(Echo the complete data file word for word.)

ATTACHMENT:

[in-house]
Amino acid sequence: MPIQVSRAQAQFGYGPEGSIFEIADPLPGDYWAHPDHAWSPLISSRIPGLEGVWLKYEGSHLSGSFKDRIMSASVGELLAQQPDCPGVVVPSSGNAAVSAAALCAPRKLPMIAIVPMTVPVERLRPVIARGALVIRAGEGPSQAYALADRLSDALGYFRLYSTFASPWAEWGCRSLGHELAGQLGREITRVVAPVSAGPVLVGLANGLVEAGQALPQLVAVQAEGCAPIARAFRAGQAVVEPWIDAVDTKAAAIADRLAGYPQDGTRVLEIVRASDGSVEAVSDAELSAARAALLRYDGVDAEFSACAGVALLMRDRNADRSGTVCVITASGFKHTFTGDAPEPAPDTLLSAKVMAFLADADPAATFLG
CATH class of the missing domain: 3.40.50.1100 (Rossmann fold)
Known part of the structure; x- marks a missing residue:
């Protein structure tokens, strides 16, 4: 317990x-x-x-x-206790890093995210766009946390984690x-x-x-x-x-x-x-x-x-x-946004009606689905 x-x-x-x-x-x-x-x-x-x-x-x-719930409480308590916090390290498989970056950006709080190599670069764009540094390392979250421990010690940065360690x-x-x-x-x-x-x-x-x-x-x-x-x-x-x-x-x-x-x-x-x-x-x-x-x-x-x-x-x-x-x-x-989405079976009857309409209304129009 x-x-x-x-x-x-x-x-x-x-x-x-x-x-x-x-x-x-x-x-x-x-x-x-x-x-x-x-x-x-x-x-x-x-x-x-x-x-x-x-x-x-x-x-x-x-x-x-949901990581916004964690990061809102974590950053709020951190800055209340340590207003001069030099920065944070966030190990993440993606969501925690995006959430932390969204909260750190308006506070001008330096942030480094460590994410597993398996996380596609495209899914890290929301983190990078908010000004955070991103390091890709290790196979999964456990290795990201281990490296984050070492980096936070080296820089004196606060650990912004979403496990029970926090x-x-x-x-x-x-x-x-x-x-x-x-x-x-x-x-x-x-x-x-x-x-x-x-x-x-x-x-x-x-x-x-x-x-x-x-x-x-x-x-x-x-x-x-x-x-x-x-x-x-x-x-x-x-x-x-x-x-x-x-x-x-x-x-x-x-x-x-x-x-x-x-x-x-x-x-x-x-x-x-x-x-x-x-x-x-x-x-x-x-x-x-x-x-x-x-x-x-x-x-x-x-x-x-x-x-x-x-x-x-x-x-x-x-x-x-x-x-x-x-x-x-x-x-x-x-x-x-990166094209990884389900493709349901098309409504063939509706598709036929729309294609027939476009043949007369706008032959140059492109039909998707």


[in-house]
Amino acid sequence: MPIQVSRAQAQFGYGPEGSIFEIADPLPGDYWAHPDHAWSPLISSRIPGLEGVWLKYEGSHLSGSFKDRIMSASVGELLAQQPDCPGVVVPSSGNAAVSAAALCAPRKLPMIAIVPMTVPVERLRPVIARGALVIRAGEGPSQAYALADRLSDALGYFRLYSTFASPWAEWGCRSLGHELAGQLGREITRVVAPVSAGPVLVGLANGLVEAGQALPQLVAVQAEGCAPIARAFRAGQAVVEPWIDAVDTKAAAIADRLAGYPQDGTRVLEIVRASDGSVEAVSDAELSAARAALLRYDGVDAEFSACAGVALLMRDRNADRSGTVCVITASGFKHTFTGDAPEPAPDTLLSAKVMAFLADADPAATFLG
CATH class of the missing domain: 3.40.50.1100 (Rossmann fold)
Known part of the structure; x- marks a missing residue:
């Protein structure tokens, strides 16, 4: 317990x-x-x-x-206790890093995210766009946390984690x-x-x-x-x-x-x-x-x-x-946004009606689905 x-x-x-x-x-x-x-x-x-x-x-x-719930409480308590916090390290498989970056950006709080190599670069764009540094390392979250421990010690940065360690x-x-x-x-x-x-x-x-x-x-x-x-x-x-x-x-x-x-x-x-x-x-x-x-x-x-x-x-x-x-x-x-989405079976009857309409209304129009 x-x-x-x-x-x-x-x-x-x-x-x-x-x-x-x-x-x-x-x-x-x-x-x-x-x-x-x-x-x-x-x-x-x-x-x-x-x-x-x-x-x-x-x-x-x-x-x-949901990581916004964690990061809102974590950053709020951190800055209340340590207003001069030099920065944070966030190990993440993606969501925690995006959430932390969204909260750190308006506070001008330096942030480094460590994410597993398996996380596609495209899914890290929301983190990078908010000004955070991103390091890709290790196979999964456990290795990201281990490296984050070492980096936070080296820089004196606060650990912004979403496990029970926090x-x-x-x-x-x-x-x-x-x-x-x-x-x-x-x-x-x-x-x-x-x-x-x-x-x-x-x-x-x-x-x-x-x-x-x-x-x-x-x-x-x-x-x-x-x-x-x-x-x-x-x-x-x-x-x-x-x-x-x-x-x-x-x-x-x-x-x-x-x-x-x-x-x-x-x-x-x-x-x-x-x-x-x-x-x-x-x-x-x-x-x-x-x-x-x-x-x-x-x-x-x-x-x-x-x-x-x-x-x-x-x-x-x-x-x-x-x-x-x-x-x-x-x-x-x-x-x-990166094209990884389900493709349901098309409504063939509706598709036929729309294609027939476009043949007369706008032959140059492109039909998707």